The Childhood Eye Cancer Trust has today launched a multichannel campaign – featuring characters Alice and her ‘Uninvisible Friend’ Dot – to raise awareness of retinoblastoma (Rb).
The campaign aims to educate parents about the disease and its symptoms. Children with Rb often appear perfectly healthy, which can lead to delays in diagnosis. However, they can begin to lose their sight with the tumour impairing their vision. Due to their age, they aren’t always able to communicate this to their parents, believing it to be normal.
Developed by leading global digital agency Wunderman and illustrated by artist Peter Clayton, the campaign focuses on sight as the primary sense. It will see a large Dot blimp fly in East London’s iconic Old Spitalfields Market, offering a visual representation of what the world may look like to a child who is losing their sight to Rb.
Passers-by will be pointed to the campaign website, where they’ll be able to read the dynamic story of Alice and Dot. The story (along with the symptoms of Rb) reveals itself as users scroll via the website’s smart interactive design.
Patrick Tonks, Chief Executive of CHECT, says: “A child is diagnosed with Rb every week in the UK, yet most people have never heard of it. Early diagnosis can help to save a child’s eyes, sight and life and so today, on World Sight Day, we urge all parents to take a minute to read Alice and Dot’s story so that they can spot the signs.”
In the UK, around 50 children a year are diagnosed with this rare and aggressive eye cancer. Around 98 per cent of children survive Rb, but more than half will lose an eye in order to stop the cancer spreading. The main symptoms are a white glow in a child’s eye, seen in dim lighting or when a photo is taken using a flash.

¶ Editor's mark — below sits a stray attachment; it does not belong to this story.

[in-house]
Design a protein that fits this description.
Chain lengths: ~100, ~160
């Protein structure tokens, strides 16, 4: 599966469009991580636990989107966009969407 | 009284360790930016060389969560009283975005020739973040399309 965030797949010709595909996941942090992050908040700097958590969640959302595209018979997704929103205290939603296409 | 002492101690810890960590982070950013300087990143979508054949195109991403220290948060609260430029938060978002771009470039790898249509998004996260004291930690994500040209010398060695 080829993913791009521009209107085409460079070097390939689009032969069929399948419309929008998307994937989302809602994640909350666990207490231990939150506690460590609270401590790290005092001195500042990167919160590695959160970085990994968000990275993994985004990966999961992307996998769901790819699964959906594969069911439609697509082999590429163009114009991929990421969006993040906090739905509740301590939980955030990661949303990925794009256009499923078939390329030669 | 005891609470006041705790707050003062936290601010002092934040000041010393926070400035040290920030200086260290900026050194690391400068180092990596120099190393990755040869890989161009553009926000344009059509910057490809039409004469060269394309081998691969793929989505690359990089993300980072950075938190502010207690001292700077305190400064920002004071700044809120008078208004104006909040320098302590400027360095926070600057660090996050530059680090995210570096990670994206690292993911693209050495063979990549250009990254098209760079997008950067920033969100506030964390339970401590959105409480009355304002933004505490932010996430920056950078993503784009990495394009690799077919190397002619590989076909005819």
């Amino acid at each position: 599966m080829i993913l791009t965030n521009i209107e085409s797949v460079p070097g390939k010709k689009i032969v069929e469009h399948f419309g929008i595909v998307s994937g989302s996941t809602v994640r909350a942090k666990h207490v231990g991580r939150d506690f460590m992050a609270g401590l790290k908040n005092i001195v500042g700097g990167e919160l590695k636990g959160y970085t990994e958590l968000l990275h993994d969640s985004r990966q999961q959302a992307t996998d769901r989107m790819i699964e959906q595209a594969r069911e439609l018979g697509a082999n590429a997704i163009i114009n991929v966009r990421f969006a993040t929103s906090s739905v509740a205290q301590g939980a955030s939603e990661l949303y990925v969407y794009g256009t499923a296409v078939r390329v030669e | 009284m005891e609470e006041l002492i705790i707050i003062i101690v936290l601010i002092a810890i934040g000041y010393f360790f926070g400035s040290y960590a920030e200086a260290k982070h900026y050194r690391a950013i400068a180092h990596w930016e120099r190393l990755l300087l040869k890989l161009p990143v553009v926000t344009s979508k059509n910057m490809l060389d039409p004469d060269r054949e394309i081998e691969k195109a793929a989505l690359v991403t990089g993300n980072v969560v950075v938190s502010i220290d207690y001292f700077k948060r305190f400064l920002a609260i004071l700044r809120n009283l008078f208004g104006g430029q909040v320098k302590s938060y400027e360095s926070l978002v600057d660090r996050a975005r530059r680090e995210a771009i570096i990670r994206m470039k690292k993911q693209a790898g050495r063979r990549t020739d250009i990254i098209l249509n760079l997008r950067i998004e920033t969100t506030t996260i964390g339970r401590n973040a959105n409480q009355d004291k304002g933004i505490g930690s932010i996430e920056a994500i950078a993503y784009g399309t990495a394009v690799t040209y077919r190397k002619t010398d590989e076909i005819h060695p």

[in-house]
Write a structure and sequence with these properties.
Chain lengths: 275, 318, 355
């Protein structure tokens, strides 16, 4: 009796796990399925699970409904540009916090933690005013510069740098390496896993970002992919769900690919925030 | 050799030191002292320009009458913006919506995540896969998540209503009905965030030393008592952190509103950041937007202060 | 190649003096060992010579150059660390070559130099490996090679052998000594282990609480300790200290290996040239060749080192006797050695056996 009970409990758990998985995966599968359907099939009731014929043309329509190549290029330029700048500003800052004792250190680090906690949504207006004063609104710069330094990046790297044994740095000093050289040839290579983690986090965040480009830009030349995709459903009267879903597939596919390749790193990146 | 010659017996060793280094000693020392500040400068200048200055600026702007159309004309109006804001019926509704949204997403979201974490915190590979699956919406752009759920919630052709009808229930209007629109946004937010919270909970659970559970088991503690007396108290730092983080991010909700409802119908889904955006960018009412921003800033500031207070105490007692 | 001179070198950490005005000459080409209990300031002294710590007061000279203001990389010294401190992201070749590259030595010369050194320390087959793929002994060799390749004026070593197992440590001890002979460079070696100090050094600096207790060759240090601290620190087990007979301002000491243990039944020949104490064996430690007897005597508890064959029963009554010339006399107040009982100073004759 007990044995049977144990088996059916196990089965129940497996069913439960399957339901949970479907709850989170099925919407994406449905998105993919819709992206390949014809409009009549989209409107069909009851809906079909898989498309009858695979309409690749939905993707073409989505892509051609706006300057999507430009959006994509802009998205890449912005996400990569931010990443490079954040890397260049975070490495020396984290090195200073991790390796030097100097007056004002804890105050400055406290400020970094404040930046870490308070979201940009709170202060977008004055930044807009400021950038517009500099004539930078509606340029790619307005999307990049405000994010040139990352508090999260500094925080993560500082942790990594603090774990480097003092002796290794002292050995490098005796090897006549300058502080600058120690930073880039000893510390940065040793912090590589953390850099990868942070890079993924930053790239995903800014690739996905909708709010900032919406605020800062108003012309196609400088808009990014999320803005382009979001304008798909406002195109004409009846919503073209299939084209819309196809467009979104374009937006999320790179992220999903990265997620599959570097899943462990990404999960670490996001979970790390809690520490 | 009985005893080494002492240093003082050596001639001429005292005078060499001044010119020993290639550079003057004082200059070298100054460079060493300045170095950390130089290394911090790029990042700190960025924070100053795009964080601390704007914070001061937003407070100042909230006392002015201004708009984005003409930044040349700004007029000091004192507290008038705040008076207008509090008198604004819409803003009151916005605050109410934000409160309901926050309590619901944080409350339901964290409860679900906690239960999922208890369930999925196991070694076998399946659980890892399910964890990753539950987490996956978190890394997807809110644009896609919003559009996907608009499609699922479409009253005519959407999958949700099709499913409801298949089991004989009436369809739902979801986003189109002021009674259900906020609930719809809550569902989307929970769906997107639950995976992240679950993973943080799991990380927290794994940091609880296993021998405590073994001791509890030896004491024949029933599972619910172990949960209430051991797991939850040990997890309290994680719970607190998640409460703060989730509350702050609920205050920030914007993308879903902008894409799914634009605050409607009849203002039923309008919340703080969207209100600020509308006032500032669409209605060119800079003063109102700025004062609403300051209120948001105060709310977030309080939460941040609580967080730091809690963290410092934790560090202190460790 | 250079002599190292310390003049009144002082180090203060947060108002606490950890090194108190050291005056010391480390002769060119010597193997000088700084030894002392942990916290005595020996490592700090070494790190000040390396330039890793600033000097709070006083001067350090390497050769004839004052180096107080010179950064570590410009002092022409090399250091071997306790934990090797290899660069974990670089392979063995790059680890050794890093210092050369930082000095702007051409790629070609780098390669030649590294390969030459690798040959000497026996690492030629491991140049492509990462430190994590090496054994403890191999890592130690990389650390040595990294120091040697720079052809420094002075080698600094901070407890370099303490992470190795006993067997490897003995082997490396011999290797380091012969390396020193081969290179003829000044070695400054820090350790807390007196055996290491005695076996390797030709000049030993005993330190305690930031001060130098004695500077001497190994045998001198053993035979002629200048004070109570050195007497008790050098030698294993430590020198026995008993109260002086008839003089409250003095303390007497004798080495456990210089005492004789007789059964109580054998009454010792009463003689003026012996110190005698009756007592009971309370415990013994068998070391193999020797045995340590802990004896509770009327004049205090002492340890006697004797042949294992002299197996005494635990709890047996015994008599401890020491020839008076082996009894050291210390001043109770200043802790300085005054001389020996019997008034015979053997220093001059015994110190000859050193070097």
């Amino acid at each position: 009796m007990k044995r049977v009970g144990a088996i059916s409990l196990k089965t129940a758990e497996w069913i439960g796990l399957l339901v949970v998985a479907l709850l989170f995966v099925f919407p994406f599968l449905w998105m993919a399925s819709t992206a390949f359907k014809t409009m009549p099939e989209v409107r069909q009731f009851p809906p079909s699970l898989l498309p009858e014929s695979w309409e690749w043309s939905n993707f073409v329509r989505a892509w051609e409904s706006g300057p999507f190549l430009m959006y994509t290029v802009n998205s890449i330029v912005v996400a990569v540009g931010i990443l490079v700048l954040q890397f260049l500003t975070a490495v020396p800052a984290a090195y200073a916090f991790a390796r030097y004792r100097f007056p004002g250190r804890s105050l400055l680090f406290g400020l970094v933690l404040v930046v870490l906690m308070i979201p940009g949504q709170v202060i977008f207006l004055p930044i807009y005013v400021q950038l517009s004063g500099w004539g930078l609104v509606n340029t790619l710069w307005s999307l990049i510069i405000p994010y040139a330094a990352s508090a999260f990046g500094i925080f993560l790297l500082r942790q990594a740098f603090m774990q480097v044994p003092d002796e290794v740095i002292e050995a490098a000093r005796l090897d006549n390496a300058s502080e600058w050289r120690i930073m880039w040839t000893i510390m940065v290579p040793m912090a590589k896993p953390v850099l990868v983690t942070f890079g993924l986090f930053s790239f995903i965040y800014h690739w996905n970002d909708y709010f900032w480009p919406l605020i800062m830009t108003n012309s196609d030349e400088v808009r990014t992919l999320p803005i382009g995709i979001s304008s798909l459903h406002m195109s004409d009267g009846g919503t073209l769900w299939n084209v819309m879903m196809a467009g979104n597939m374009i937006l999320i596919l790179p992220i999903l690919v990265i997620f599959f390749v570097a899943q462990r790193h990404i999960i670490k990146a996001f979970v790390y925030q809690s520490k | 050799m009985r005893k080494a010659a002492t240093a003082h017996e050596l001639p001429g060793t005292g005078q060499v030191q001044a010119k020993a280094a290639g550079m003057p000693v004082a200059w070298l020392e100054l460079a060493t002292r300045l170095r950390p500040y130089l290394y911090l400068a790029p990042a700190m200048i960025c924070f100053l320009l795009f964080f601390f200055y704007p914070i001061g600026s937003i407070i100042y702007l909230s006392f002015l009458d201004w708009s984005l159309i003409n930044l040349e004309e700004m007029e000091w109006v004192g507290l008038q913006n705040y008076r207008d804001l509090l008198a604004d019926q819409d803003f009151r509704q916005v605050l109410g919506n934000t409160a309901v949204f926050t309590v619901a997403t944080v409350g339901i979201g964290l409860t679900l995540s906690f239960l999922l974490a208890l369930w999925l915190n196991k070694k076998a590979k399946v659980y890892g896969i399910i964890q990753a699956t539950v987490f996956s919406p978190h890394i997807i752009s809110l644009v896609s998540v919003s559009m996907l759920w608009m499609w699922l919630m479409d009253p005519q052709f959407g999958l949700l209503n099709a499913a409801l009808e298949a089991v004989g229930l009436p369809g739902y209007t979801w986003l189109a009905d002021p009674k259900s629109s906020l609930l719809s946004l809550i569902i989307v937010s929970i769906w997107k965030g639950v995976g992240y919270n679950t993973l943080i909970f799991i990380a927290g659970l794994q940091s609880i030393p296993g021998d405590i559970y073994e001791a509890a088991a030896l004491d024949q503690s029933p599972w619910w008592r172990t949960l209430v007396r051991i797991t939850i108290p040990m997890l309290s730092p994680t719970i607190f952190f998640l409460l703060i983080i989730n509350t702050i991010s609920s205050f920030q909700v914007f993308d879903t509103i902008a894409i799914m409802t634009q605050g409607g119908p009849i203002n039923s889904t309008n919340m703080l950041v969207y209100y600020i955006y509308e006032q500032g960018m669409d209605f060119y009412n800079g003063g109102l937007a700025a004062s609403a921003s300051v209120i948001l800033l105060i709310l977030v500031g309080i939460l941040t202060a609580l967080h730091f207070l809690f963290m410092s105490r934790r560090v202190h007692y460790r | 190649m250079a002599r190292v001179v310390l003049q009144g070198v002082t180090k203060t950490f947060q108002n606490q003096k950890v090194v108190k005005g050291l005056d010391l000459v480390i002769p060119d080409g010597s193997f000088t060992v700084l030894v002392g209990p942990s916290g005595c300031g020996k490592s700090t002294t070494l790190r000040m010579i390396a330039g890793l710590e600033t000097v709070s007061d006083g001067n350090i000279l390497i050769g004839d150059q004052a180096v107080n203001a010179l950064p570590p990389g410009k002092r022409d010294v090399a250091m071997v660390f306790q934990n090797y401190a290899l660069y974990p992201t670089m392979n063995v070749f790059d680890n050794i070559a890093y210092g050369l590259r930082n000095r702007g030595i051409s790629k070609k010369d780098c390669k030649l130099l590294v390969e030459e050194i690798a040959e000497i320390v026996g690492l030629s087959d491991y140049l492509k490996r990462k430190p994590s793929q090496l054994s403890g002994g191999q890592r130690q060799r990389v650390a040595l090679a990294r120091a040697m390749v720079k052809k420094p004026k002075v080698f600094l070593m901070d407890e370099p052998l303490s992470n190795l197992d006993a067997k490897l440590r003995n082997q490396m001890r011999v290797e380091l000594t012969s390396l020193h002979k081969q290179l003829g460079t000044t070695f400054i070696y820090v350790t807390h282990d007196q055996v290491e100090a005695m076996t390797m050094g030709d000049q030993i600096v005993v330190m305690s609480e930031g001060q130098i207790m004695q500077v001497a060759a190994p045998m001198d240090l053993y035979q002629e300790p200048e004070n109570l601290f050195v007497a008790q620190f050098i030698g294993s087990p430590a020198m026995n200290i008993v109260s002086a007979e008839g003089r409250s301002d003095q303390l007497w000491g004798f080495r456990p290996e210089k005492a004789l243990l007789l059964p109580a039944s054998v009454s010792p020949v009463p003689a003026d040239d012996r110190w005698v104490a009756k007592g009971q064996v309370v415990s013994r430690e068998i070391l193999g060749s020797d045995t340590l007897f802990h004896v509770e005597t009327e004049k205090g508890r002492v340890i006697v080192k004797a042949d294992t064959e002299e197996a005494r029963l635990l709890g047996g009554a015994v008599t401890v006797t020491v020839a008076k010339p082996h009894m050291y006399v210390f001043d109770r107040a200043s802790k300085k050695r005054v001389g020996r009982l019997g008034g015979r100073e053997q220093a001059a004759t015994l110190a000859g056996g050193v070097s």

Vision Express, a longstanding supporter of CHECT, has put a ‘Dot’ on the lenses of all the glasses in the children’s section of its Oxford Street store, raising awareness by making Dot be seen. In-store digital displays will tell the story of Dot the Uninvisible Friend, and Alice Taylor, who was diagnosed with Rb when she was two years old, will visit the store with her family to answer questions from the public.
Jenny Wye, Senior PR Manager at Vision Express, said: “We’ve been working with CHECT since 2010 to help raise awareness of the signs of retinoblastoma and the importance of children’s eye tests. Our optometrists are trained to ensure eye tests are child-friendly and thanks to creative campaigns like this, the identification and referral of this devastating eye cancer will hopefully be much quicker.”
Alice’s mum Emily Taylor said: “Alice was losing the sight in her left eye for months but we had no idea that anything was wrong and she was too young to tell us. I would urge all parents to learn the symptoms of Rb and to get your child checked out if you notice anything unusual about their eyes. We couldn’t save Alice’s eye, but we were able to save her life.” Read Alice’s story here.
Abi Ellis, Wunderman UK’s Executive Creative Director, said: “Cancer is scary for anyone, but even more so when it involves our kids. Our aim with this campaign is to help parents learn about Rb in a non-frightening and creative way, by making the invisible visible. We’re so proud of this campaign and hope it will have a positive effect for CHECT as well as families around the UK.”
View the campaign at www.uninvisiblefriend.com.